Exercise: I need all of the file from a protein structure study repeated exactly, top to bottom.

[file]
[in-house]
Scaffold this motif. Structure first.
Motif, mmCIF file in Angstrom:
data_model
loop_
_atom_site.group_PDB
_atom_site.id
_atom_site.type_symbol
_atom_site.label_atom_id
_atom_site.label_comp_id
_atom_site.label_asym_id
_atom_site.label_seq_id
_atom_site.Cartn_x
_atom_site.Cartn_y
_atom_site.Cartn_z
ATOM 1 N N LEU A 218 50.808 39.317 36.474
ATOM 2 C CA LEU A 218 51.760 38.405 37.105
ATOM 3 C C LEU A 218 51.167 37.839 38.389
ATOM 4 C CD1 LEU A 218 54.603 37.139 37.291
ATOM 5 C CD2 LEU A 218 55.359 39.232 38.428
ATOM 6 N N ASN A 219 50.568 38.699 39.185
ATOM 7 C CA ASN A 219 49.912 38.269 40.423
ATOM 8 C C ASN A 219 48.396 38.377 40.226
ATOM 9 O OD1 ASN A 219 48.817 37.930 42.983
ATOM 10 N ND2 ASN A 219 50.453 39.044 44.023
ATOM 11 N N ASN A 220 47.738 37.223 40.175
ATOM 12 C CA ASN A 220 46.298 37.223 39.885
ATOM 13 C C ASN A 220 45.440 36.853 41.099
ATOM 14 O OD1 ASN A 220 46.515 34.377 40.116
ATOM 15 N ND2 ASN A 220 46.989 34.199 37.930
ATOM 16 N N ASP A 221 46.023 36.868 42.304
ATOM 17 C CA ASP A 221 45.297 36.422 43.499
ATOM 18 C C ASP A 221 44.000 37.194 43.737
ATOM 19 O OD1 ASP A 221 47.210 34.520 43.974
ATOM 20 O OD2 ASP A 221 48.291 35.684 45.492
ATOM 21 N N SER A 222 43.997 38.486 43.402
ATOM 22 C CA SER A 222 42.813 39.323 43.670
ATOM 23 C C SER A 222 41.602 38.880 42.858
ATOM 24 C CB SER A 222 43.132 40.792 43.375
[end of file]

[in-house]
Scaffold this motif. Structure first.
Motif, mmCIF file in Angstrom:
data_model
loop_
_atom_site.group_PDB
_atom_site.id
_atom_site.type_symbol
_atom_site.label_atom_id
_atom_site.label_comp_id
_atom_site.label_asym_id
_atom_site.label_seq_id
_atom_site.Cartn_x
_atom_site.Cartn_y
_atom_site.Cartn_z
ATOM 1 N N LEU A 218 50.808 39.317 36.474
ATOM 2 C CA LEU A 218 51.760 38.405 37.105
ATOM 3 C C LEU A 218 51.167 37.839 38.389
ATOM 4 C CD1 LEU A 218 54.603 37.139 37.291
ATOM 5 C CD2 LEU A 218 55.359 39.232 38.428
ATOM 6 N N ASN A 219 50.568 38.699 39.185
ATOM 7 C CA ASN A 219 49.912 38.269 40.423
ATOM 8 C C ASN A 219 48.396 38.377 40.226
ATOM 9 O OD1 ASN A 219 48.817 37.930 42.983
ATOM 10 N ND2 ASN A 219 50.453 39.044 44.023
ATOM 11 N N ASN A 220 47.738 37.223 40.175
ATOM 12 C CA ASN A 220 46.298 37.223 39.885
ATOM 13 C C ASN A 220 45.440 36.853 41.099
ATOM 14 O OD1 ASN A 220 46.515 34.377 40.116
ATOM 15 N ND2 ASN A 220 46.989 34.199 37.930
ATOM 16 N N ASP A 221 46.023 36.868 42.304
ATOM 17 C CA ASP A 221 45.297 36.422 43.499
ATOM 18 C C ASP A 221 44.000 37.194 43.737
ATOM 19 O OD1 ASP A 221 47.210 34.520 43.974
ATOM 20 O OD2 ASP A 221 48.291 35.684 45.492
ATOM 21 N N SER A 222 43.997 38.486 43.402
ATOM 22 C CA SER A 222 42.813 39.323 43.670
ATOM 23 C C SER A 222 41.602 38.880 42.858
ATOM 24 C CB SER A 222 43.132 40.792 43.375